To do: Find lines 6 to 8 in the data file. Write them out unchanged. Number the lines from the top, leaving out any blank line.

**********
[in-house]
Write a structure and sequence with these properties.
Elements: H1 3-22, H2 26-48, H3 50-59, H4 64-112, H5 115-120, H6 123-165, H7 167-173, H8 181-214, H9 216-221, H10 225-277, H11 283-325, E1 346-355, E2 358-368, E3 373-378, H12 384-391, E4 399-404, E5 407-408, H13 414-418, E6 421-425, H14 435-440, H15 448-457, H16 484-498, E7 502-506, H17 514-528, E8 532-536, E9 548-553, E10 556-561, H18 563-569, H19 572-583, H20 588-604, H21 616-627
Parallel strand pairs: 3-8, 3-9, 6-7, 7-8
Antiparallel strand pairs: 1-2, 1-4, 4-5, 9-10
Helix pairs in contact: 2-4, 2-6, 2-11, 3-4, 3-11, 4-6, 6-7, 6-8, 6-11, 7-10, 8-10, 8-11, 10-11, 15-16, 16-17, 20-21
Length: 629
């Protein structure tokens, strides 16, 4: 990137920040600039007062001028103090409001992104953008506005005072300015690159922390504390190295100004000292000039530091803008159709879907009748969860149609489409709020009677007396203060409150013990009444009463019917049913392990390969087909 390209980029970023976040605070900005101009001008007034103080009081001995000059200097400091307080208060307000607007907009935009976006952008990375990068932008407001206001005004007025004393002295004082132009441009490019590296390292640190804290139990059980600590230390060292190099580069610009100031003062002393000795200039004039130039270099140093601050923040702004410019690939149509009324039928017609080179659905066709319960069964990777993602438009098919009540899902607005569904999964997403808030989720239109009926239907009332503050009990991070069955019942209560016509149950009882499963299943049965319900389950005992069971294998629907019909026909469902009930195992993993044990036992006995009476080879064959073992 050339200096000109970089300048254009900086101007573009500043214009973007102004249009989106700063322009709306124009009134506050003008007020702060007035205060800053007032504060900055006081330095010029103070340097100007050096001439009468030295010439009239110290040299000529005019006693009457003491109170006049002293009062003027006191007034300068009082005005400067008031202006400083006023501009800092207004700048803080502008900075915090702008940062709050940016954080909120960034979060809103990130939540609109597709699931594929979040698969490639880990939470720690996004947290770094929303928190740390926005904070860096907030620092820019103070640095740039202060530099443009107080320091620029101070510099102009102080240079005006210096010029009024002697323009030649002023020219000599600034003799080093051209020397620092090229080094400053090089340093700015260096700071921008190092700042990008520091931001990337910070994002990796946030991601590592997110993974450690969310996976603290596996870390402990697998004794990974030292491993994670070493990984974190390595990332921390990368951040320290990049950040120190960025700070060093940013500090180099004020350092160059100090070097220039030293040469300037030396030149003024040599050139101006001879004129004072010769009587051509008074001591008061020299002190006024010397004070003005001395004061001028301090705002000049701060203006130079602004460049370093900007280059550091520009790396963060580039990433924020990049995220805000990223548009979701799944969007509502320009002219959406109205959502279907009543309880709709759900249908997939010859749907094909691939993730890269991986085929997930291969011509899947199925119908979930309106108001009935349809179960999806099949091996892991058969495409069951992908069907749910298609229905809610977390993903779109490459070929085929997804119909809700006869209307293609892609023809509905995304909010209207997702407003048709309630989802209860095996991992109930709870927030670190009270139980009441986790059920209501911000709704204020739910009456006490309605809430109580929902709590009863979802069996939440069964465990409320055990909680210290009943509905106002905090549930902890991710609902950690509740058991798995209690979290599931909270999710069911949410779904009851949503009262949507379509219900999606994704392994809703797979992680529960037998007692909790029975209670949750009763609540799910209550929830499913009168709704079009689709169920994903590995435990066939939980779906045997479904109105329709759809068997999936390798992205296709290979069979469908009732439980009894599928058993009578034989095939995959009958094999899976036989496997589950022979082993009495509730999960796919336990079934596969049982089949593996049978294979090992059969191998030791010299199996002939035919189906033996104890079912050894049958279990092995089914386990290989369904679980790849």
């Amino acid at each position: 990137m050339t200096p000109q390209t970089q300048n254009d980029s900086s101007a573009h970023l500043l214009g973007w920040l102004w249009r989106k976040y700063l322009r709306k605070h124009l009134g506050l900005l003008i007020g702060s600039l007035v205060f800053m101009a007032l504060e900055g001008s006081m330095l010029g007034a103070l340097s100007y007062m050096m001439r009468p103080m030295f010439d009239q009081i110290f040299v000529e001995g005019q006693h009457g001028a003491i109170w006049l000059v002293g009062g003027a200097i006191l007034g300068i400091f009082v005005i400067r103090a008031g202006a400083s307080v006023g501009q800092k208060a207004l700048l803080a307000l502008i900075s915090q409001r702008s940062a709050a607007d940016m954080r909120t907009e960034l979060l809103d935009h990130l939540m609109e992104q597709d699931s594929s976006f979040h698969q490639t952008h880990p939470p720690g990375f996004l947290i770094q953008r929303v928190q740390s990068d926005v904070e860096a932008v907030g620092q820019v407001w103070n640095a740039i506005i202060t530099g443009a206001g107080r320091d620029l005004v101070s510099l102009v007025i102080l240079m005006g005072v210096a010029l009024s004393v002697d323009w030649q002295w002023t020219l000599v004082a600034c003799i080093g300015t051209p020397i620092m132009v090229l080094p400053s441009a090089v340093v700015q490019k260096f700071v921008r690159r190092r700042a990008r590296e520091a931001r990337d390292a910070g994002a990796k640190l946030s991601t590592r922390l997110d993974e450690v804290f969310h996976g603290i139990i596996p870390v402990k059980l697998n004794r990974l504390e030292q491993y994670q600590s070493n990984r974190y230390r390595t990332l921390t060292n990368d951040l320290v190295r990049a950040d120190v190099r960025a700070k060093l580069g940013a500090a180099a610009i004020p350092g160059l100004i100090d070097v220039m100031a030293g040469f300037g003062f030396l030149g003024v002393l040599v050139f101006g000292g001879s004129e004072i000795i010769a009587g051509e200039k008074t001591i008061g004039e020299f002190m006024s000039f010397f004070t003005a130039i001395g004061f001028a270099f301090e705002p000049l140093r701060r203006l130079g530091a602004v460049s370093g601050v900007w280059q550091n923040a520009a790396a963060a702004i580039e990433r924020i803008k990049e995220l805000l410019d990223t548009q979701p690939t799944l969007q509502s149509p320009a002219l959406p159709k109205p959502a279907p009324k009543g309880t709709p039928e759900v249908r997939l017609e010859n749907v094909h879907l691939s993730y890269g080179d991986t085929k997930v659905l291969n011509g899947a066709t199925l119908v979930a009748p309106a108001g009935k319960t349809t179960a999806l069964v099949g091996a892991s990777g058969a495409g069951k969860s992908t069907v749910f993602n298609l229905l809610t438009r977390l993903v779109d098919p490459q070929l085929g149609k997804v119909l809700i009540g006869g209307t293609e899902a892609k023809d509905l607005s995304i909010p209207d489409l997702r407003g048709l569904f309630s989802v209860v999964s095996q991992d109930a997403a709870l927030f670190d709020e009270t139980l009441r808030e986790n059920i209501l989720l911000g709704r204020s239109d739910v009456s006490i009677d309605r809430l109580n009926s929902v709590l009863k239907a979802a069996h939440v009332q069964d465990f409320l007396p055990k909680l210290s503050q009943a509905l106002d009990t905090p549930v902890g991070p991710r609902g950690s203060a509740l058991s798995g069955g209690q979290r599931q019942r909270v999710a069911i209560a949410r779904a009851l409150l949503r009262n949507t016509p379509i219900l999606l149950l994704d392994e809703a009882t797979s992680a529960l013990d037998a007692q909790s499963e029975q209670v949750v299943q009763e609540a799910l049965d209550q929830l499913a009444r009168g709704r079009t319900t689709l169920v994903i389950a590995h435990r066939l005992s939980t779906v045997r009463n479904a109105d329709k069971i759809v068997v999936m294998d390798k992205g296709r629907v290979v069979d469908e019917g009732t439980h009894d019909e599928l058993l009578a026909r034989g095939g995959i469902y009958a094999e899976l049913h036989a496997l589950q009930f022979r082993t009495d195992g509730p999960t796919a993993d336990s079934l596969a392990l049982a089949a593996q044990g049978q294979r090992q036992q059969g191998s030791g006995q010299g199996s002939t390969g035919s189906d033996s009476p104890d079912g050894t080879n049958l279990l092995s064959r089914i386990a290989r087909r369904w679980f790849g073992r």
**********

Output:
Helix pairs in contact: 2-4, 2-6, 2-11, 3-4, 3-11, 4-6, 6-7, 6-8, 6-11, 7-10, 8-10, 8-11, 10-11, 15-16, 16-17, 20-21
Length: 629
């Protein structure tokens, strides 16, 4: 990137920040600039007062001028103090409001992104953008506005005072300015690159922390504390190295100004000292000039530091803008159709879907009748969860149609489409709020009677007396203060409150013990009444009463019917049913392990390969087909 390209980029970023976040605070900005101009001008007034103080009081001995000059200097400091307080208060307000607007907009935009976006952008990375990068932008407001206001005004007025004393002295004082132009441009490019590296390292640190804290139990059980600590230390060292190099580069610009100031003062002393000795200039004039130039270099140093601050923040702004410019690939149509009324039928017609080179659905066709319960069964990777993602438009098919009540899902607005569904999964997403808030989720239109009926239907009332503050009990991070069955019942209560016509149950009882499963299943049965319900389950005992069971294998629907019909026909469902009930195992993993044990036992006995009476080879064959073992 050339200096000109970089300048254009900086101007573009500043214009973007102004249009989106700063322009709306124009009134506050003008007020702060007035205060800053007032504060900055006081330095010029103070340097100007050096001439009468030295010439009239110290040299000529005019006693009457003491109170006049002293009062003027006191007034300068009082005005400067008031202006400083006023501009800092207004700048803080502008900075915090702008940062709050940016954080909120960034979060809103990130939540609109597709699931594929979040698969490639880990939470720690996004947290770094929303928190740390926005904070860096907030620092820019103070640095740039202060530099443009107080320091620029101070510099102009102080240079005006210096010029009024002697323009030649002023020219000599600034003799080093051209020397620092090229080094400053090089340093700015260096700071921008190092700042990008520091931001990337910070994002990796946030991601590592997110993974450690969310996976603290596996870390402990697998004794990974030292491993994670070493990984974190390595990332921390990368951040320290990049950040120190960025700070060093940013500090180099004020350092160059100090070097220039030293040469300037030396030149003024040599050139101006001879004129004072010769009587051509008074001591008061020299002190006024010397004070003005001395004061001028301090705002000049701060203006130079602004460049370093900007280059550091520009790396963060580039990433924020990049995220805000990223548009979701799944969007509502320009002219959406109205959502279907009543309880709709759900249908997939010859749907094909691939993730890269991986085929997930291969011509899947199925119908979930309106108001009935349809179960999806099949091996892991058969495409069951992908069907749910298609229905809610977390993903779109490459070929085929997804119909809700006869209307293609892609023809509905995304909010209207997702407003048709309630989802209860095996991992109930709870927030670190009270139980009441986790059920209501911000709704204020739910009456006490309605809430109580929902709590009863979802069996939440069964465990409320055990909680210290009943509905106002905090549930902890991710609902950690509740058991798995209690979290599931909270999710069911949410779904009851949503009262949507379509219900999606994704392994809703797979992680529960037998007692909790029975209670949750009763609540799910209550929830499913009168709704079009689709169920994903590995435990066939939980779906045997479904109105329709759809068997999936390798992205296709290979069979469908009732439980009894599928058993009578034989095939995959009958094999899976036989496997589950022979082993009495509730999960796919336990079934596969049982089949593996049978294979090992059969191998030791010299199996002939035919189906033996104890079912050894049958279990092995089914386990290989369904679980790849």